Bertollini now has a couple of websites, including one promoting his brand of Christian Identity through his resurrected 11th Hour Remnant Messenger. He also said he is self-publishing two books, “Crimes and Punishment MMX (or “How the Feds Conspire to Screw You) and a second called, “It’s the Jews, Stupid!”

But he makes no mention of his extremist views on a LinkedIn social networking page where he describes himself as an “independent religious institutions professional.” He also makes no mention there of being the former sidekick to Butler.

Bertollini laughed when reminded of riding with Butler in a late-model convertible during one of several Aryan Nations parades through downtown Coeur d’Alene shortly before Butler’s death in 2004.

During that period, Bertollini was a critically important supporter of Butler. He gave Butler cash for a down payment on a house in Hayden, Idaho, that became the de facto new Aryan Nations headquarters after the Southern Poverty Law Center (SPLC) brought a successful civil suit that resulted in the bankruptcy of Aryan Nations and the demolition of its North Idaho compound in 2000.

“Vince Bert” offered no apology for using the infamous Aryan Nations logo on his new 11th Hour Remnant Messenger home page, even though SPLC once considered court action to gain control of the name. “I put the AN [Aryan Nations] logo [on the Web page] because [SPLC co-founder] Morris Dees thinks he owns it,” Bertollini said. “He owns shit. Screw him. I’m using it; I’ll use it.”

As a matter of fact, SPLC never moved to try to control the name.

As in his prior extremist life, Bertollini today offers up a mix of political vitriol and weird conspiracy theories. His website includes a series of claims, including:

  • Osama bin Laden actually was secretly killed years ago and his body frozen by the U.S. government until “the appropriate moment” to give President Obama a boost in popularity.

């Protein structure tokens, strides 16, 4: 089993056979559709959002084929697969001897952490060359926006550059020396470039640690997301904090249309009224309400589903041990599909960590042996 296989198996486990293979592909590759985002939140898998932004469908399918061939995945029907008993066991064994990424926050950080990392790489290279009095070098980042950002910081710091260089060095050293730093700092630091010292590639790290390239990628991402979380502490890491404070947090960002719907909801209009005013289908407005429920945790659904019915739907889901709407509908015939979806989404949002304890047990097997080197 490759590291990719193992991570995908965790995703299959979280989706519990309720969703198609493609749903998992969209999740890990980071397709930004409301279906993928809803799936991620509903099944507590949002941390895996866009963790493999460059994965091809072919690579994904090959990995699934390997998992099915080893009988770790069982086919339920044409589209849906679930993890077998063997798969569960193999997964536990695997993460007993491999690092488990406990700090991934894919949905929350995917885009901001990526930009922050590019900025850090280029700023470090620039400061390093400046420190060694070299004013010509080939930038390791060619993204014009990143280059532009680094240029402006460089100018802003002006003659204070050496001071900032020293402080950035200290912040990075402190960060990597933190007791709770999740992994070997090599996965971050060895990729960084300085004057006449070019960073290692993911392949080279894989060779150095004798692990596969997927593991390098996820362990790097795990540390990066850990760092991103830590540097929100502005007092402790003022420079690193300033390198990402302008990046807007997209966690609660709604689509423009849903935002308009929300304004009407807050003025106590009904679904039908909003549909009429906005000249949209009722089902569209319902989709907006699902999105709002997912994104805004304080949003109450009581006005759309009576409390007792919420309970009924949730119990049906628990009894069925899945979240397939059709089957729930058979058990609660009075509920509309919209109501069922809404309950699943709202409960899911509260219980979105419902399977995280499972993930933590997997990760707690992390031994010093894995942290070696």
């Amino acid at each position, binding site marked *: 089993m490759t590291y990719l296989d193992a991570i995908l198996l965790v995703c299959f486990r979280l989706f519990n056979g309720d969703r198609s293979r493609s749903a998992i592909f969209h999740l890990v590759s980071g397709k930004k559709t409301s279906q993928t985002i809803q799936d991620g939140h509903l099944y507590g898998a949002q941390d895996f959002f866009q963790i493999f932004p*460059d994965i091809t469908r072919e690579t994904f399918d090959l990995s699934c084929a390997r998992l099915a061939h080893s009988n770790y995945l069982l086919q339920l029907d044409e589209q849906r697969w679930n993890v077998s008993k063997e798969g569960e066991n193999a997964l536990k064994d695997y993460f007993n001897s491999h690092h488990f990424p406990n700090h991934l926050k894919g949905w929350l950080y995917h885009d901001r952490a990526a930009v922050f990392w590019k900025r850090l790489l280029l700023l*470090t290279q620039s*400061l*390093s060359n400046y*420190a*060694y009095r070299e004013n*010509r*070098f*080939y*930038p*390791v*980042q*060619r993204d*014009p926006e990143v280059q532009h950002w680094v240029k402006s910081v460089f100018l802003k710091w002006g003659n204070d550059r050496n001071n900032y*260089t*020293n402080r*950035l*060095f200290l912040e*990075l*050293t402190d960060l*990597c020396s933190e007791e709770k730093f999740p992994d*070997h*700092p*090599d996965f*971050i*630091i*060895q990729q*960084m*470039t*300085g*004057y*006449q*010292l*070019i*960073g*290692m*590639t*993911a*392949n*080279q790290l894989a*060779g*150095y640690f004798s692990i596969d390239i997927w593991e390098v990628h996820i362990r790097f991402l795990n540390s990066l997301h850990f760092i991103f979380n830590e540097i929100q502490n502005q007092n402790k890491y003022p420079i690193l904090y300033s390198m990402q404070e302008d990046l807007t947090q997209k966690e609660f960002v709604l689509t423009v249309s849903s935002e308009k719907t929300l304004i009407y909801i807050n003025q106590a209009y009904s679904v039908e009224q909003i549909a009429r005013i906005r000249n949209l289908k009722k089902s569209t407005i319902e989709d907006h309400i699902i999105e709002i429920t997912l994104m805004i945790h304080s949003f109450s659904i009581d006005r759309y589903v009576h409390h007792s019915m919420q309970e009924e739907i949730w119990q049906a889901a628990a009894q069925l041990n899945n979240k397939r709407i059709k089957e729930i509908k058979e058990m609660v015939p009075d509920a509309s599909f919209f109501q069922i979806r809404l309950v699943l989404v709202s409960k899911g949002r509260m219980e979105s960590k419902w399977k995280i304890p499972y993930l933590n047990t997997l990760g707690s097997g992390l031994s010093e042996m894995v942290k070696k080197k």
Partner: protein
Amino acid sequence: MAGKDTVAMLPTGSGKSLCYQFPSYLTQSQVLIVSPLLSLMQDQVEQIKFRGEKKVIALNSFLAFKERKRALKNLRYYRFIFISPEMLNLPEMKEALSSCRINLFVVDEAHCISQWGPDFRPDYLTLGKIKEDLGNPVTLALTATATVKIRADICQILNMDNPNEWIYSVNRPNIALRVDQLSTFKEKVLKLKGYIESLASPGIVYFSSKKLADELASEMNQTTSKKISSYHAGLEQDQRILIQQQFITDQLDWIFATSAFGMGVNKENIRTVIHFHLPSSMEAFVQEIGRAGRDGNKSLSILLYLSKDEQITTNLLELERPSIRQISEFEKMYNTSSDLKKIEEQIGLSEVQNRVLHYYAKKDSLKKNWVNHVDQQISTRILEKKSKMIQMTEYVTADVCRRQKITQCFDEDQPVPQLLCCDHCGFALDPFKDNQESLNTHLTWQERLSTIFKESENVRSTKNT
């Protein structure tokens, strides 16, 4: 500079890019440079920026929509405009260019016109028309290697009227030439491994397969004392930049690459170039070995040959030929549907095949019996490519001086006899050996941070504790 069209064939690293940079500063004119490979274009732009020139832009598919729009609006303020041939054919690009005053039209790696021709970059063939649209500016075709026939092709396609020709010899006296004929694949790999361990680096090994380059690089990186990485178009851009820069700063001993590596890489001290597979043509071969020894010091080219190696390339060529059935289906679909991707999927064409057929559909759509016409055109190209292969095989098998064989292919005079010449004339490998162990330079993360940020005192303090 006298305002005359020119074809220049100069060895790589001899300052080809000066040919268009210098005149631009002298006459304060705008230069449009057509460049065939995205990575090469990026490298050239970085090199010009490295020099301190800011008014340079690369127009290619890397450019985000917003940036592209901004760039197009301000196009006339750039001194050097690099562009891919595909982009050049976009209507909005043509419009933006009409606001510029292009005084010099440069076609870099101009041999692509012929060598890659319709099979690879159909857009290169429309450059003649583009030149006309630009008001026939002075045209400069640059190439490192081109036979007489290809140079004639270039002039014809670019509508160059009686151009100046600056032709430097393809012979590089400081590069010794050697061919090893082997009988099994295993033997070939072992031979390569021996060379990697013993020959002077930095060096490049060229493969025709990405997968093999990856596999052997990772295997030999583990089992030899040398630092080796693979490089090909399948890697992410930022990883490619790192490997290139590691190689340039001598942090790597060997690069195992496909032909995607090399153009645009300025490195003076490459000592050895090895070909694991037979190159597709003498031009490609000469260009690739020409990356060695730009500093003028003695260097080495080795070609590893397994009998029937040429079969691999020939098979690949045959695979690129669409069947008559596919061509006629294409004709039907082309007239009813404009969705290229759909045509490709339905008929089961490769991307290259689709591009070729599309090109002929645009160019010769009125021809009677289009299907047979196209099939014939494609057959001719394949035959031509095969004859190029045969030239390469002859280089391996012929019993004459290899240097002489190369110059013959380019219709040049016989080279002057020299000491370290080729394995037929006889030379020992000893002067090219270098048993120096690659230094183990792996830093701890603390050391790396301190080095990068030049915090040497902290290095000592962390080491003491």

• The Tea Party “is a joke” and the two-party system “is self-serving and a hoax.”
  • President Obama “operates with impunity as a dictator” and “Congress is useless and helpless, pandering to the oligarchy and entitled class.”

And then Bertollini gets really fired up: “Without revolution, anarchy and the shedding of blood, there is no possibility of restoration of the Republic.”

On a Facebook page, Bertollini describes himself as a friend of the notorious racist and former KKK leader Louis Beam, who was for years an “ambassador-at-large” for the Aryan Nations. Beam now lives in Texas and is relatively inactive.

Bertollini also links his Facebook page to “Friends of Edgar Steele,” a support group for the anti-Semitic attorney who unsuccessfully represented Aryan Nations and Butler in the SPLC’s 2000 civil case. Steele was just convicted by a federal jury in Idaho in a foiled plot to kill his wife and her mother with a pipe bomb because of his infatuation with a far younger foreign woman who he’d met on the Internet. Bertollini said he had written a couple of letters to Steele, who he said had gotten a “raw deal” in the courts. He said he has not heard back from Steele.

Bertollini also attempts to preach his racist messages in a couple dozen YouTube videos — some of which are technological disasters, truncated and, in one case, without sound. Those glitches came from wireless computer problems he has now fixed with a high-speed Internet hookup, he said.

“I do what I got to do,” Bertollini told Hatewatch. “You know, I’ve got to vent, somehow. There are things you have to do, battles you have to fight even if you lose them.”

“I don’t have a forum anymore,” he added. “I’m not doing mass mailings because I can’t afford them or I would be. I’ve just got to stir it up a little bit, you know.”

He said that for a time, he was banking on the Tea Party to carry his ideals “until I saw it was almost a powerless organization. That made me even more vociferous in my rantings,” he said. He now considers the Tea Party a “joke and a hoax.”

He remains on federally supervised release, Bertollini said, and his family and parole officers know about his renewed Internet hate sites “but aren’t happy about them.”

His supervised release ends in February 2013 “and then all bets are off,” he said, declining to say what he will do then. “I’m not out there standing on the corners anymore,” he said, “but I can do my little thing on the Internet. If people cruise by, I might get a convert or two.”